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Mars Gradivus

Author
Bartolomeo Ammannati (Settignano 1511 – Florence 1592)
Date
1559
Collection
Location
Verone sull’Arno
Technique
Bronze
Size
h 215 cm
Inscriptions

on the trunk “Bella manu / [P]acemq[ue] gero / mox praescius / [a]evi / te [d]uce venturi / fatorum arcana / recludam”

Inventory
1914 no. 38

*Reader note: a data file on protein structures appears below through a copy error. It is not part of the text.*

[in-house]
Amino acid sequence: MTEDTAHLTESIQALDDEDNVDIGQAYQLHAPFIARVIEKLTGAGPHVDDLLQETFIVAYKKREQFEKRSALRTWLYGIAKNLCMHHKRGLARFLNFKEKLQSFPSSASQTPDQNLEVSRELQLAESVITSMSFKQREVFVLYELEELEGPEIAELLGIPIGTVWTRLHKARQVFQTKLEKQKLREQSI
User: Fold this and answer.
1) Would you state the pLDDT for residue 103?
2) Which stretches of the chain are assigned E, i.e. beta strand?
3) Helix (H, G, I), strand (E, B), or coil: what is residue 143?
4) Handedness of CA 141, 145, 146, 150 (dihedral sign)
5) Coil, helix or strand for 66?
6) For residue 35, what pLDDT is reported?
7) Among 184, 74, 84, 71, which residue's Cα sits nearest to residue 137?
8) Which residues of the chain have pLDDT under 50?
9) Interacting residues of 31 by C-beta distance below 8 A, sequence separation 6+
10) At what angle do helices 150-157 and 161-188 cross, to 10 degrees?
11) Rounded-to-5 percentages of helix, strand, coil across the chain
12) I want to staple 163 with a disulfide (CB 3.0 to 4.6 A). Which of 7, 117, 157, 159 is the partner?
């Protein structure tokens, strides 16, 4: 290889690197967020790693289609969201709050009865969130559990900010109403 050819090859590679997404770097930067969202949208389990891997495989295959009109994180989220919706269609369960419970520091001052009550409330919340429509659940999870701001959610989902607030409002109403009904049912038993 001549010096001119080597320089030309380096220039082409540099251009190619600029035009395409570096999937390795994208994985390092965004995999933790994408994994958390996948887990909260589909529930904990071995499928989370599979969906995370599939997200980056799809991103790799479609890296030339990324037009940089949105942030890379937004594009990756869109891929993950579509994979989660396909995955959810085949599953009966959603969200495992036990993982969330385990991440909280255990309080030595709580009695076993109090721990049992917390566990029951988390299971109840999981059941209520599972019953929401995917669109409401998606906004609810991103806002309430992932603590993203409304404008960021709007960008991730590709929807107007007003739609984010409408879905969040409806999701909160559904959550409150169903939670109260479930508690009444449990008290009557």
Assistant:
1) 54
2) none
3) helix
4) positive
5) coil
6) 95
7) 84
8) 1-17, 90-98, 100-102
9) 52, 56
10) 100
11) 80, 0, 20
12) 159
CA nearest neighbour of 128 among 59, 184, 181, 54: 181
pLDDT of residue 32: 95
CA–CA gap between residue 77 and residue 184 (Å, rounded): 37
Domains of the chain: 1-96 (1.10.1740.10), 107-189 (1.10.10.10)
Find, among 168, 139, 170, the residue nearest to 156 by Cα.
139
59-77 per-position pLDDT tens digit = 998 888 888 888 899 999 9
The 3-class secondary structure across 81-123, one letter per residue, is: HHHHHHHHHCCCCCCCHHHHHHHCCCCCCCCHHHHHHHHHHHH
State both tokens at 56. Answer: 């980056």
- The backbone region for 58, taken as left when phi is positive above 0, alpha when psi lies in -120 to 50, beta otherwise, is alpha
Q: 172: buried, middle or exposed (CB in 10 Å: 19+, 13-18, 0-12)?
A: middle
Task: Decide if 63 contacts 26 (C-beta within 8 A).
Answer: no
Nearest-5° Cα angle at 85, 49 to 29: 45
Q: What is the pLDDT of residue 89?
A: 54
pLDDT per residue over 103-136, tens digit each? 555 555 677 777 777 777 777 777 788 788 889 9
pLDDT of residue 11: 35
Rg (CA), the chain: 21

The majestic statue known as “Mars Gradivus” – characteristic that indicates his divinity or his battle stance – is one of Bartolomeo Ammannati’s masterpieces, a virtuous example of the cultured assimilation of Michelangelo’s lessons in the accurate rendering of the anatomy and torsion of the torso. It represents the god Mars marching at the head of an army with a baton in his right hand and a sword in his left, originally with a blade. An expenses list dated June 1559 includes transport from Ammannati’s house to the Sapienza foundry of “an earth mould to cast a bronze Mars”, providing a chronological reference that places the execution of Mars at the time when Ammannati was working on Palazzo Vecchio’s Fountain of Neptune and on “the many statues in marble and bronze” that were made, as Vasari points out, by the sculptor for Cosimo I de’ Medici. It would thus be possible to interpret the sculpture as Cosimo I’s celebration of the god under whose auspices he was born: in fact, Mars embodied the “values of virtue and intellect” laid down by Cosimo as the foundation of his government. Cosimo also chose the Capricorn as his personal emblem, an animal dear to the warrior god, and Emperor Augustus’ sign of the zodiac, and Bartolomeo placed one under Mars’ crest. The size of the statue and the references to the Duke of Florence lead to the assumption that it was intended for exhibition in a public place in the city. During the 17th century the bronze was transferred to Rome and initially placed in the gallery and then in the area in front of the loggia at Villa Medici by Cardinal Ferdinando de’ Medici, where it stood with Silenus and the infant Bacchus by Jacopo del Duca. The bronze returned to Florence in 1797 and has been on display in the Uffizi Galleries ever since.